“We do disclose functional information to employers. In other words, we talk about process rather than confidential information,” Price says. “This means the individual welcomes the validation we provide for them and we can encourage a staged return to work or reduced workload, or both if it is likely to assist and maintain the person at work in the longer term. We encourage people to talk with their line manager and we do too, which helps to stop things getting lost in translation.
“Beyond the work context, an NHS CBT practitioner would not have this direct contact with the workplace. A dedicated workplace service for employees delivers a much more value-driven service for both parties and does result in a speedy and effective return to work.”
In terms of benefits to employers, this can be separated into three distinct areas.
Firstly, introducing wellbeing services helps perpetuate an informal education programme on the management of mental health across the business through targeted and focused feedback. It can seem as if it is learned by line managers through a process of osmosis and this begins to permeate into wider management practice, which begins to challenge organisational cultures at ground level. The line managers throughout the business feel their own confidence improve as they learn to manage employee mental health in the future while support systems are set up to implement new suggestions or actions, which reassures managers that they are in fact doing the right thing for their employees. This area can sometimes be seen as less tangible, but is no less important.
Secondly, there are clearly tangible cost management benefits to businesses that seek to manage employee wellbeing in a proactive, targeted manner. The cost savings to the organisation brought about through early access to evidence-based services pay for themselves and, in the long term, this reduces absence costs to business.
Furthermore, employees become more resilient, either through resilience training or as a result of the CBT and are then less likely to be absent for as long, if at all. Those that return to work from a period of absence do so more quickly than otherwise, and are consequently more productive. Staff are also supported to make not just a return to work, but a sustainable return to work. Employees generally deliver an enhanced performance through positive wellbeing and a business committed financially to improving its employees’ health and wellbeing will enjoy an overall reduction in sickness absence and staff turnover.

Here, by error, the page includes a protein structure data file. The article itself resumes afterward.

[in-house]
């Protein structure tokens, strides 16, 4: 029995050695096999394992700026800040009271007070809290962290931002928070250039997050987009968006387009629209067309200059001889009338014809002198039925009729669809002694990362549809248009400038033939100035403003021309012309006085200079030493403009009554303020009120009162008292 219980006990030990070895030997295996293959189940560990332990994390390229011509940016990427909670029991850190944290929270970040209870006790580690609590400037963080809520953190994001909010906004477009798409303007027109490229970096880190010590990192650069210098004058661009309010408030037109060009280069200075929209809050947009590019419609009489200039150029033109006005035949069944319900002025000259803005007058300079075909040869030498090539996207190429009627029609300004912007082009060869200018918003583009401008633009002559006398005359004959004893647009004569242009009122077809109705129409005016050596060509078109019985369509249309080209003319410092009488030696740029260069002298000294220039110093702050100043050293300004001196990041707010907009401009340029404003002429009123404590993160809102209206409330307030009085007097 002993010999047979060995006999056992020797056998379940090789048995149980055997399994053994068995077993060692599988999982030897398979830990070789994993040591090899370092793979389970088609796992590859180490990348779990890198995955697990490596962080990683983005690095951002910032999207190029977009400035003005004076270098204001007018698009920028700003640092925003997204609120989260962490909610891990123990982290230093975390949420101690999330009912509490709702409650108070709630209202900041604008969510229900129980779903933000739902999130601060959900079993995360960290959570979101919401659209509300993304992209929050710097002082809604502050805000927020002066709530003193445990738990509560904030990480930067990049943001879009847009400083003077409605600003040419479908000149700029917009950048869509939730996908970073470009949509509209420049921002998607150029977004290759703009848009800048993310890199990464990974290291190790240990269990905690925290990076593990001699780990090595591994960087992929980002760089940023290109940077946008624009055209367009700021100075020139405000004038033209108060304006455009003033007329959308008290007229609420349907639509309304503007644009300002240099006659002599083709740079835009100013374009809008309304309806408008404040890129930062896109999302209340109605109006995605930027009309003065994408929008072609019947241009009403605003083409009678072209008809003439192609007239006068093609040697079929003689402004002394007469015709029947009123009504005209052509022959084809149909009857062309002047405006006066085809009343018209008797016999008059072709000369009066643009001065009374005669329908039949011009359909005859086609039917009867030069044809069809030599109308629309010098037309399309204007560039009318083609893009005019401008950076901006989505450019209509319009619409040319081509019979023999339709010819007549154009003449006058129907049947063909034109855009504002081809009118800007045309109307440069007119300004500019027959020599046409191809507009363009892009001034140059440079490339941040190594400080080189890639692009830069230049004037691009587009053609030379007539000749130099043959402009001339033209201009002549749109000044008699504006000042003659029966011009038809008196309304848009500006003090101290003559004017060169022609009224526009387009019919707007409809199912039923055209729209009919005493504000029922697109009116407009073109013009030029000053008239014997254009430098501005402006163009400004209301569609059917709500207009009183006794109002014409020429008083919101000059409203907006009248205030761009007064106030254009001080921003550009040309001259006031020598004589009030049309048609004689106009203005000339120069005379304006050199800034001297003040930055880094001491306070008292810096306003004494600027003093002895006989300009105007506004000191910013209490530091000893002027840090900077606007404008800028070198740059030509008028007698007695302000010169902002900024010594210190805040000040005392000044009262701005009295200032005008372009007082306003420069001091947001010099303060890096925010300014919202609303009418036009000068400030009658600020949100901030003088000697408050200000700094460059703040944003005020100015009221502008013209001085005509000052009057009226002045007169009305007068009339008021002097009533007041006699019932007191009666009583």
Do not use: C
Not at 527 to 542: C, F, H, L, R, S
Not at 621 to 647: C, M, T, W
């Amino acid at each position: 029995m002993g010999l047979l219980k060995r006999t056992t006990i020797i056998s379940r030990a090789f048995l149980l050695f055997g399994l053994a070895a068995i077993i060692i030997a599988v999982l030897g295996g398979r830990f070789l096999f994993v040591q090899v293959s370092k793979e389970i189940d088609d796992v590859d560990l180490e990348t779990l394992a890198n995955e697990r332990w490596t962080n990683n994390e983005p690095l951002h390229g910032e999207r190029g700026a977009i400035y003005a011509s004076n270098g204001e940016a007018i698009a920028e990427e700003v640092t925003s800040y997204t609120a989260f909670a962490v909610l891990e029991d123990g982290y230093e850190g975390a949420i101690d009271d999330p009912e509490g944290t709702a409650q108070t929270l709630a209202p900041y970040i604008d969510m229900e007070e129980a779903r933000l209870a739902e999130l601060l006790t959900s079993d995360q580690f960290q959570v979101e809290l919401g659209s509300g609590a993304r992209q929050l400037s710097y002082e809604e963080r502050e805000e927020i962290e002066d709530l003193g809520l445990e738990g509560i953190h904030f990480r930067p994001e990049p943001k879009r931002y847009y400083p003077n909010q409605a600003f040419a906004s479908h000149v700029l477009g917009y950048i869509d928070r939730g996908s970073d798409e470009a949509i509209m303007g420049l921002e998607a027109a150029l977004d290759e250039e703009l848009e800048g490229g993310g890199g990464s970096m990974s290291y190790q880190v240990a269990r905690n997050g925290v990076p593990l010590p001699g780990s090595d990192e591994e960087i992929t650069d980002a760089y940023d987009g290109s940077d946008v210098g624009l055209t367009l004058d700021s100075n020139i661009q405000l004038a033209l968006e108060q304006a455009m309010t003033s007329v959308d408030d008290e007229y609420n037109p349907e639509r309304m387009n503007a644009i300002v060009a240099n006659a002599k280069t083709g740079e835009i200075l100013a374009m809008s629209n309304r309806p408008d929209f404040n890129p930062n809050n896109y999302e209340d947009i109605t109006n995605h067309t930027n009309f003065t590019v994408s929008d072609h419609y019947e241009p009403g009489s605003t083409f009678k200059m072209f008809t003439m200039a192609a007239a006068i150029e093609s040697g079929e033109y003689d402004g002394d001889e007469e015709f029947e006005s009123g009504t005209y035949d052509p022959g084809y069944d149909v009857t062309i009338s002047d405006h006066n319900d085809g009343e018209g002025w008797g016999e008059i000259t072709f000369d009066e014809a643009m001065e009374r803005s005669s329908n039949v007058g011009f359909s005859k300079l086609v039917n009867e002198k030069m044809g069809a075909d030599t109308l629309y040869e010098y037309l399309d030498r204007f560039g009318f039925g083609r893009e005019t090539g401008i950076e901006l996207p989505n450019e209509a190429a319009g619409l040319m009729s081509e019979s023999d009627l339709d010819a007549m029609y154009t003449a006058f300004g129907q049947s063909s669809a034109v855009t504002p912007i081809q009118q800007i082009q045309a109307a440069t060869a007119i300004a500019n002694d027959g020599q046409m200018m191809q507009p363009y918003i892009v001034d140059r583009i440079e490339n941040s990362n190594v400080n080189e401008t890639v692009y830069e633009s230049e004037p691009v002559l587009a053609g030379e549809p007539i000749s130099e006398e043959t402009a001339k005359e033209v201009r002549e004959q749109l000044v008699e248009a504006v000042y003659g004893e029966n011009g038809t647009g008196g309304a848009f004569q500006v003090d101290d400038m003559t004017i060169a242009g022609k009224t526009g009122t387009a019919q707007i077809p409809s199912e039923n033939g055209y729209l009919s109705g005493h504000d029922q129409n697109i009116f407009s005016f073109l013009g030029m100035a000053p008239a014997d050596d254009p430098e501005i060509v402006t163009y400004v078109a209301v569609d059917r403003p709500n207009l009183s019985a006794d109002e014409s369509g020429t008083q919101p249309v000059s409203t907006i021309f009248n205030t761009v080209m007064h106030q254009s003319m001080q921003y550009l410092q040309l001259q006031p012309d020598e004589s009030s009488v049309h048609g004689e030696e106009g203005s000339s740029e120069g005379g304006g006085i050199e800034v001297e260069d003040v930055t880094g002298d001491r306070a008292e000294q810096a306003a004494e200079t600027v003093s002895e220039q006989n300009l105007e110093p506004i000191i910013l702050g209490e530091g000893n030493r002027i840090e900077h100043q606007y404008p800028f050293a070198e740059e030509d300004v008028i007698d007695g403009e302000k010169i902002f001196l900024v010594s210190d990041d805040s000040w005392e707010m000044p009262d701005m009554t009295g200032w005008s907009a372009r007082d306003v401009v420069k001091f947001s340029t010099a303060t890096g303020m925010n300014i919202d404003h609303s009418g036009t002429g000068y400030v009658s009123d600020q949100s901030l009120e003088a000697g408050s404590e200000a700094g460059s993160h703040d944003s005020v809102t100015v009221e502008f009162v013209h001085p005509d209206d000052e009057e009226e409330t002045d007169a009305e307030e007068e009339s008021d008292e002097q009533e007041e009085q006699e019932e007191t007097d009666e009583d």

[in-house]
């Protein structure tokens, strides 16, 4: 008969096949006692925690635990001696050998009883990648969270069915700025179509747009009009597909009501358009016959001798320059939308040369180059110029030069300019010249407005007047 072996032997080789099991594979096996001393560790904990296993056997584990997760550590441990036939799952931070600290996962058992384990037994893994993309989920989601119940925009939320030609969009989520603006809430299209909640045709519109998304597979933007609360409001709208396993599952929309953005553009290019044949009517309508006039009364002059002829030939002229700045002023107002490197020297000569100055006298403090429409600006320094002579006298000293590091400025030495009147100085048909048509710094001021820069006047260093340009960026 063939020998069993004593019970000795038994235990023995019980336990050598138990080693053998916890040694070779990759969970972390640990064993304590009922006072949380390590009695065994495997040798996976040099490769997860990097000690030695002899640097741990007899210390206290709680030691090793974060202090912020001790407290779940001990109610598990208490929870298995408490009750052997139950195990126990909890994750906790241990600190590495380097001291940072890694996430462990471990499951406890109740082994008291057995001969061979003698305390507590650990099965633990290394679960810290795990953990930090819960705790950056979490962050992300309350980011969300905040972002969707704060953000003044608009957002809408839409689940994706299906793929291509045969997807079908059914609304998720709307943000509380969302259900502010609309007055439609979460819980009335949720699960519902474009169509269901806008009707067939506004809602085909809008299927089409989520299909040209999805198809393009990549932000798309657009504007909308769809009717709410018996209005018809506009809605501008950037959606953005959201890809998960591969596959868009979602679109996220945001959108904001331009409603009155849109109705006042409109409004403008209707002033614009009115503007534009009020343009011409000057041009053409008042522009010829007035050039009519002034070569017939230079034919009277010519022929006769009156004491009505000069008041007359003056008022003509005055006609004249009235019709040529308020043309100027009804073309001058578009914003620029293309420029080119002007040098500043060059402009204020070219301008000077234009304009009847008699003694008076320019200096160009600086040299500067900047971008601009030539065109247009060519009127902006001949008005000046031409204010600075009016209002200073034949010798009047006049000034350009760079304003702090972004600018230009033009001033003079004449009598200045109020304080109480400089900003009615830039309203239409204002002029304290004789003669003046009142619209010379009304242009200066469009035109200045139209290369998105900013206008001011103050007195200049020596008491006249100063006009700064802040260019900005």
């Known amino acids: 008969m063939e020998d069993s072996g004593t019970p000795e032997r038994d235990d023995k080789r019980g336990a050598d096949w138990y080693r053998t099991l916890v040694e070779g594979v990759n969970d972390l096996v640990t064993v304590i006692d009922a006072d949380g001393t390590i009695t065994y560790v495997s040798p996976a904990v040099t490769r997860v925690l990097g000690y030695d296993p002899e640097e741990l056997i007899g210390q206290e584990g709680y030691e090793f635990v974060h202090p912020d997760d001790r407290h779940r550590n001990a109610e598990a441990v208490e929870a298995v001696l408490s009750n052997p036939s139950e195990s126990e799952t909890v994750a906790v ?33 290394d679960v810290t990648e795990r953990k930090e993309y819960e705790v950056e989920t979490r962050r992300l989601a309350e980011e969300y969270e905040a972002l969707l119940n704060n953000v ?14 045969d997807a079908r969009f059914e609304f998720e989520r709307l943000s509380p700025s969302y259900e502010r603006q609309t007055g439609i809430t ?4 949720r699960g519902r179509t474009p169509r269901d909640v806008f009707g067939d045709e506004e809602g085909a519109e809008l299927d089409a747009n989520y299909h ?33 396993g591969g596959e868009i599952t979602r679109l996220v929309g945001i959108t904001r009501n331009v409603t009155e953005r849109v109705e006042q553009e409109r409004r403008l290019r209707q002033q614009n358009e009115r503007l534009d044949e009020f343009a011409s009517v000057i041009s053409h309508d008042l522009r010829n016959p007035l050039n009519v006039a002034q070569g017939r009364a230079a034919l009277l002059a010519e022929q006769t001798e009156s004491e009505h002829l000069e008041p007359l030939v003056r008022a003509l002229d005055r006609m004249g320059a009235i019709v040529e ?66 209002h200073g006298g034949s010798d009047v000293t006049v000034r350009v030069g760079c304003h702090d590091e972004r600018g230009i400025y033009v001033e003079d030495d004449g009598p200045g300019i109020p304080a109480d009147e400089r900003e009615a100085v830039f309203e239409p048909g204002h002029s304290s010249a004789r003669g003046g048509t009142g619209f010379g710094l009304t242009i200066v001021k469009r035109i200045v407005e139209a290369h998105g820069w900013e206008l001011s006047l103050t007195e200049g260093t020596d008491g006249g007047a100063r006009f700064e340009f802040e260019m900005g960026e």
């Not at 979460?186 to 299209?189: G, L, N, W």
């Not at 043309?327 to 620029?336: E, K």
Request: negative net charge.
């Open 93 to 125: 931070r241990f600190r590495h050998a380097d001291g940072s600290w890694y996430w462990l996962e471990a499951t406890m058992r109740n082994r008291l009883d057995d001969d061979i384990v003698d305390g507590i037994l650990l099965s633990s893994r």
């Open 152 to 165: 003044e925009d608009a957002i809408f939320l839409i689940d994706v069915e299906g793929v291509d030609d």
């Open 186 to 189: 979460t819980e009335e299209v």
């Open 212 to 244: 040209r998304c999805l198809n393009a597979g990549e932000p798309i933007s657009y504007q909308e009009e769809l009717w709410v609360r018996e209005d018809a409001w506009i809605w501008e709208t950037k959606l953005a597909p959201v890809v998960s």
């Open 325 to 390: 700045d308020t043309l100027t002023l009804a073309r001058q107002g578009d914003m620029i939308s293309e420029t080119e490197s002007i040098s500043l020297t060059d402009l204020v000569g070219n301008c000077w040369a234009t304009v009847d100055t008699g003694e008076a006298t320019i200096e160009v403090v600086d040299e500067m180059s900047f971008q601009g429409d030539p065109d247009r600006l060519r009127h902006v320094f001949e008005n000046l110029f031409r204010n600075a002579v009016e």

Finally, the organisation will benefit from an improved corporate and brand image. Investing in employees supports objectives of corporate responsibility and shared accountability. It underpins goals of inclusion within the workforce, and raises a business’s external perception as a caring employer that doesn’t merely give lip service to investing in its people. This should closely align with its strategic objectives, support skilled and experienced employee retention and achieve improved overall productivity for the entire business.
One major utilities client appointed RehabWorks to run a pilot scheme focused on mental health rehabilitation following successful implementation of its physiotherapy services. The pilot was available to employees who were both at work and off work and the pilot was evaluated in June 2013.
The cost benefit analysis showed that the employer invested £20,000 in those employees who were off work and a further £25,000 for those participating employees who were at work. Cost savings were calculated using MDGuidelines, a respected and internationally-adopted US database that is widely used by the insurance and other industries to calculate how sickness absence financially impacts the workplace. This took into account the cost of days saved from earlier returns to work and days saved by preventing absence. Direct costs only were calculated and other associated costs, such as replacement staff, were not evaluated. In total, the blue chip utility provider invested £45,000 and found a saving of £403,000, creating a return on investment of 9:1 or 900 per cent.
The OECD report cites an example of good practice in€ﾨUK companies like British Telecom for taking a three-tiered approach to good mental health practice in its business. Another RehabWorks client, the CBT service was launched and used by more than 200 people, with satisfaction rates reported as being very high. There has been a 30 per cent reduction in mental health-related sickness absences and a return to work rate of 75 per cent for people absent for more than six months.
Sainsbury Centre for Mental Health, 2010
Mark Armour is the clinical director and chair of the Clinical Governance Panel